The recent New York Times profile of Apple CEO Tim Cook points out several differences between Cook and his immortal predecessor. Apple employees say Cook is less hands-on about product development than Steve Jobs was:
Lower-level employees praise Mr. Cook's approachability and intellect. But some say he is less hands-on in developing products than his predecessor. They point to the development of the so-called iWatch--the "smartwatch" that Apple observers are eagerly awaiting as the next world-beating gadget. Mr. Cook is less involved in the minutiae of product engineering for the watch, and has instead delegated those duties to members of his executive cabinet, including [Jonathan Ive, Apple's head of design], according to people involved in the project, who spoke on condition of anonymity because they were not authorized to speak to press.
The implication, of course, is that it's a bad thing that Cook is less involved. That if only Apple were once again helmed by its legendary founder, then investors would be happy. "Investors have clamored for Apple wizardry--a much-anticipated iWatch or iTV, perhaps," writes the Times. "To these critics, Mr. Cook is uninspiring, his social views window dressing, when what they want is magic."
The Truth About Product Development
One problem with this perspective is it simplifies the complex world of product development into an anachronistic Great Man theory. As if Jobs were solely responsible for Apple's great products. In reality, it's an entire team, including Ive, Cook, and the countless nameless factory workers who actually assemble the phones, tablets, and laptops.
Another problem is that founder/CEO involvement with product development is generally a mixed bag. For every creative leader (including Jobs) whose strong hand in product development has led to fruitful outcomes, you can find another brilliant leader whose involvement has led to failures, mistakes, or alternating highs and lows.
For example, there was a time when Michael Dell was revered as much as, if not more than, Jobs was. In 1989, Inc. profiled Dell as an innovation upstart. Any way you slice it, Dell is a legendary hands-on entrepreneur. He built a dorm-room startup into a business that was worth $100 billion as recently as March 2012. But by the summer of 2013, the company had dropped to about $24 billion in value. And by the time the company celebrated its 30th birthday, in May 2014, the company had gone private. Frailty, thy name is the marketplace.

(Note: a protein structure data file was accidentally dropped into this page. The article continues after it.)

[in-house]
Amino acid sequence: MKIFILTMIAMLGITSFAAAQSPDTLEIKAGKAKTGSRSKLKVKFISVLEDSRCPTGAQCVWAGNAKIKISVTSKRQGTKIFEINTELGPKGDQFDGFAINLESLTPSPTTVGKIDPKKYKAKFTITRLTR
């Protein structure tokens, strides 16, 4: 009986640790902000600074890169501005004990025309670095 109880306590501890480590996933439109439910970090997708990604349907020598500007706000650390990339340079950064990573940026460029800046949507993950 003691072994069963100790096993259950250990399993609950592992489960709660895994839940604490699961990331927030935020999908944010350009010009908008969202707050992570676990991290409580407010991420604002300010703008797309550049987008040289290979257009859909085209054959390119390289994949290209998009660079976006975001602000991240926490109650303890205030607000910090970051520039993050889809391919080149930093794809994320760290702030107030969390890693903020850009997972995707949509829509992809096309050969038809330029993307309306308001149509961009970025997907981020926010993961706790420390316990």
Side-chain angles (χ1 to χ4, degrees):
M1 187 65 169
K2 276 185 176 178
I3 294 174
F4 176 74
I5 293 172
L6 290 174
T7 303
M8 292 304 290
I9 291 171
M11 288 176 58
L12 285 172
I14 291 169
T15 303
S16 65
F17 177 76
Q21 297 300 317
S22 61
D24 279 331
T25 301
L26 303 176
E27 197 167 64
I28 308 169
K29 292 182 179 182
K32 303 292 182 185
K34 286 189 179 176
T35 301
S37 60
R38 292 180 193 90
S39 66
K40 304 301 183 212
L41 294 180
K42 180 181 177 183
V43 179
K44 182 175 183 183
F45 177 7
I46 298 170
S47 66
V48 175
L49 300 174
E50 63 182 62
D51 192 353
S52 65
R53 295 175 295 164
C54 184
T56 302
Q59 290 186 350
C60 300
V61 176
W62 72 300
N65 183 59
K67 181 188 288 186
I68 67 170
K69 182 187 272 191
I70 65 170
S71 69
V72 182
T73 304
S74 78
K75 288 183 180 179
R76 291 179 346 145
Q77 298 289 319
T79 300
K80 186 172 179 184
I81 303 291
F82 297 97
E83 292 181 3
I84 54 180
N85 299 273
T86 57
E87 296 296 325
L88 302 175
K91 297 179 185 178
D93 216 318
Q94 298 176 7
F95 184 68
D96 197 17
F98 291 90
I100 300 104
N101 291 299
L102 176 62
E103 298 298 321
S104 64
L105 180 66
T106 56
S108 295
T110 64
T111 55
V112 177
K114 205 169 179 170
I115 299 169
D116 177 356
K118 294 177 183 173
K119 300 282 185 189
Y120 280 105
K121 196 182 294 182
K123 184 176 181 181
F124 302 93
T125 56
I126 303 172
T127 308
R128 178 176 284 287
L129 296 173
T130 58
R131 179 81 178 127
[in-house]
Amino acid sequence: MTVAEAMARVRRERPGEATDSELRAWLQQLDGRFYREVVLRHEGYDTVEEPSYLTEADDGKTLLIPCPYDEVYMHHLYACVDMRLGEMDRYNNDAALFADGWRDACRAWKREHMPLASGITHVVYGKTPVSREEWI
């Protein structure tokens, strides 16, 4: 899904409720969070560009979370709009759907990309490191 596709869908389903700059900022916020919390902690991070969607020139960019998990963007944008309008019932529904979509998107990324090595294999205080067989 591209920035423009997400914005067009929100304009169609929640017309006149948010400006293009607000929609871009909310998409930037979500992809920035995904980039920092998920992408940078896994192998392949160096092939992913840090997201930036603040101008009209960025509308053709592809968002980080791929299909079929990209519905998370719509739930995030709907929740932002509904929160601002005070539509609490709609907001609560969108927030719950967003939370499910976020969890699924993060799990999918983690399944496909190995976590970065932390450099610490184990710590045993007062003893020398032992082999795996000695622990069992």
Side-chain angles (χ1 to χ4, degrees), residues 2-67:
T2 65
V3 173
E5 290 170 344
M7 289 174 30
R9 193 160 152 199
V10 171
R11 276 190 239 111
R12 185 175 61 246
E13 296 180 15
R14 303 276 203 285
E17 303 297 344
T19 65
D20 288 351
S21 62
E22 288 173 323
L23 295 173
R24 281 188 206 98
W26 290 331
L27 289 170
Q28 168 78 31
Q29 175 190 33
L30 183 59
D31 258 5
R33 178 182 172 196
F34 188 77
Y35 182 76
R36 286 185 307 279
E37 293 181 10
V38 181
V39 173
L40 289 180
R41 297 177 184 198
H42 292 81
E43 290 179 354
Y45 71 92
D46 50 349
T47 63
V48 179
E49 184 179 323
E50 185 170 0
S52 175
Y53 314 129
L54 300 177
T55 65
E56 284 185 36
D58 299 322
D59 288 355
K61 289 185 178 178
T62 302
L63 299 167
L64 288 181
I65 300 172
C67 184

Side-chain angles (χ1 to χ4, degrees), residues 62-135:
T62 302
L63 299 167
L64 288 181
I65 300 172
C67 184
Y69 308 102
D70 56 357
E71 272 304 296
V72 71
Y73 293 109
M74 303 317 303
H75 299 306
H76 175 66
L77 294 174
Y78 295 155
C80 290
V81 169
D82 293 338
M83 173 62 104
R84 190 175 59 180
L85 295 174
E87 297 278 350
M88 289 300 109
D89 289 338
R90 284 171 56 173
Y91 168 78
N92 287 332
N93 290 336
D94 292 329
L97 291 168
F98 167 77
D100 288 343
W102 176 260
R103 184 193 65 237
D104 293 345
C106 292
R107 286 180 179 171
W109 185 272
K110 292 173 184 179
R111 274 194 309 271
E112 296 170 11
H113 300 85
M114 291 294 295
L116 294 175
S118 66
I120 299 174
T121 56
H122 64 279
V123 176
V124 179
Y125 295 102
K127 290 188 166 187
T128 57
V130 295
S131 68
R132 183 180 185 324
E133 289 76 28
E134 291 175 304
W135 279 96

This rise and fall (which will undoubtedly be followed by another rise) all occurred with Dell as CEO, with the exception of a three-year period (2004-2007). Tempting as it can be to venerate Jobs, the truth is that a founder's involvement--even when the founder is a product-development guru--is no assurance of perpetual success.
Lessons for Entrepreneurs
All of which brings us back to the essential question: If you're a founder/CEO, how involved should you be--or should you remain--in product development?
It depends on what's best for the company. It also depends, obviously, on your particular talents--and your ability to learn from your customers. For example, Honest Tea CEO Seth Goldman had a strong hand in developing the company's first drink. But as he explained to Inc. a few years ago, he made the mistake of selling what he wanted to drink instead of what his customers wanted.
Specifically, he created a drink called Harlem Honeybush, named after the South African village, Harlem, in which he'd found the tea leaves. But the product tanked. It was unsweetened and had a caustic taste. Goldman had failed to understand his customers in a really basic way. They simply wanted a drink that was conventionally delicious. Eventually, the company pulled Harlem Honeybush and developed it into a new formula, adding pomegranate and goji berry. It became a hit.
The obvious lesson here is to keep your customers in mind. But the subtler lesson is that Goldman recognized the importance of course-correcting his product-development efforts in midstream. He didn't stubbornly adhere to a Great Man belief that he knew better than his customers.
Designing Products for Yourself
But here, too, it's inaccurate to simplify. For there are numerous examples of successful CEO/founders who believe--in contrast to what Goldman learned--that a smart first step in product development is to initially design the product with your own desires in mind.
Garrett Camp, the co-founder of Uber and StumbleUpon, counts himself as a fan of this approach. He started Uber because he had trouble finding a cab. Likewise, Zappos's founder, Nick Swinmurn, started the company out of frustration that he couldn't find a pair of brown Airwalks at his local mall. Lawyer-turned-entrepreneur Sahar Hashemi co-founded Coffee Republic, the U.K.'s first U.S.-style coffee bar, and Skinny Candy, a brand of sugar-free sweets, because she couldn't find what she was looking for as a consumer.
Perhaps the only universal takeaway, then, is one we've shared before: That initial inspiration gets you only so far. Eventually, you'll need sales skills and leadership. (In Zappos's case, for example, Tony Hsieh came aboard in 2000, having already built and sold LinkExchange to Microsoft for $265 million.)
In all cases, you'll need to monitor the boundary between your customers' needs and your personal tastes. In some cases, as with Uber, these two concepts will overlap. The product you initially design for yourself becomes a reasonable demo of the one you'll eventually sell. In others, however, you'll have to make major modifications. Your own private taste may not translate to the masses.